This sturdy privacy plant is fantastic in your yard, but it’s a slow-growing cultivar. If you’re after a plant that’s easy to maintain, this is it. This is an evergreen that comes in a range of shapes, and they’re resistant to deer. Boxwoods will grow well up to zone six, and they do well in full sun. The climate should be on the cooler to average warmth side, and you’ll need an average rainfall amount. You can get this plant at most home improvement stores across the upper midwest portion of the United States, or Amazon has it.
Cacti aren’t the most obvious privacy plant out there, but they can create a modern sculptural fence that most can’t mimic. Also, cacti are the premium choice in regions that have dry and hot climates where they naturally grow. They offer a very minimalistic appearance, and you can easily arrange them in a row of varying heights to get an asymmetrical look. They can get up to 20 feet tall and have a very charming look, especially when you use your cacti to enhance your home’s architecture.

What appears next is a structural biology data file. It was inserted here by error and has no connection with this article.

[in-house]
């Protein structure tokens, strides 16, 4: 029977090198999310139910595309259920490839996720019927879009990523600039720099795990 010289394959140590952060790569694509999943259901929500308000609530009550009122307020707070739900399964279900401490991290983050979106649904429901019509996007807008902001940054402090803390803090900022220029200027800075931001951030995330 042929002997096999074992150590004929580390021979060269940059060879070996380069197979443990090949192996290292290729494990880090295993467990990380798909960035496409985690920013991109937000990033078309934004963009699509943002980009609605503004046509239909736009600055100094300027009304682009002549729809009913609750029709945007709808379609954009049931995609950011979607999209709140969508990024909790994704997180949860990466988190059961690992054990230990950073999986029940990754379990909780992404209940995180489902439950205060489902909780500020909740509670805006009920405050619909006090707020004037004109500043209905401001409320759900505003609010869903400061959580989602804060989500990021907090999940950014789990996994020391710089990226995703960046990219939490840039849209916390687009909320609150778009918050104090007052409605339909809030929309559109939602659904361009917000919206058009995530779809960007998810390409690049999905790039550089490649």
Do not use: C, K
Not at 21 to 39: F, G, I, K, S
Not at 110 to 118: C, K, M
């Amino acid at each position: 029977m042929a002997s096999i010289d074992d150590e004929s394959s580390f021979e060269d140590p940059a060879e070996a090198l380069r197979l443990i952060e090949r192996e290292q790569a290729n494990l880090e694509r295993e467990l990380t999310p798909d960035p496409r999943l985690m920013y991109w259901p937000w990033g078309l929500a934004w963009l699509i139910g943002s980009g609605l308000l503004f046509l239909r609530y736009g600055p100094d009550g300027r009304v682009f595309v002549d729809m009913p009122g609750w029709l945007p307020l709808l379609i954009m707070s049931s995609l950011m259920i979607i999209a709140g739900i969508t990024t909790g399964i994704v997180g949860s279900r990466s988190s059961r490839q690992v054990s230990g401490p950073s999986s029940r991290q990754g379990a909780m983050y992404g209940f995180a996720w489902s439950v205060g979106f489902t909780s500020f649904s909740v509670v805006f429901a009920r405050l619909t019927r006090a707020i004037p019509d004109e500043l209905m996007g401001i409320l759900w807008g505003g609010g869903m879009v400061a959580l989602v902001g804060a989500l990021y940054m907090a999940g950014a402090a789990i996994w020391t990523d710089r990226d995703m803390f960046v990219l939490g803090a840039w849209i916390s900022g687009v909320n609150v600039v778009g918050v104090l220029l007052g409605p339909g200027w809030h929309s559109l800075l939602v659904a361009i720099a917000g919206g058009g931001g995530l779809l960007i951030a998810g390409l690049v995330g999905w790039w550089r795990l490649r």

5. Chocolate Vines
Chocolate vines get the name due to the dark purple flowers they produce. It’s a perennial vine that is a great addition to your backyard fence as a privacy plant. It will survive in shade, but it grows best when you have it in an area that gets full sun. It’s native to Korea and Japan, but this vine has now naturalized throughout a large portion of the United States. It grows well in zones four to eight, and it’ll stay green all year-round in zones six or warmer. You can get starter plants at your local nursery.
6. Cypress Trees
It’s hard to beat the stately, tall silhouette that a Cypress tree offers. Since this plant grows so narrow and tall, it’s great for planting in a row. Leyland Cypress is a very popular privacy plant, but this tree’s biggest downside is the shorter lifespan. Generally speaking, it’ll live between 10 and 20 years at most. You’ll want to do your research before you pick this privacy plant and see if the maintenance and cost outweigh the longevity of the tree.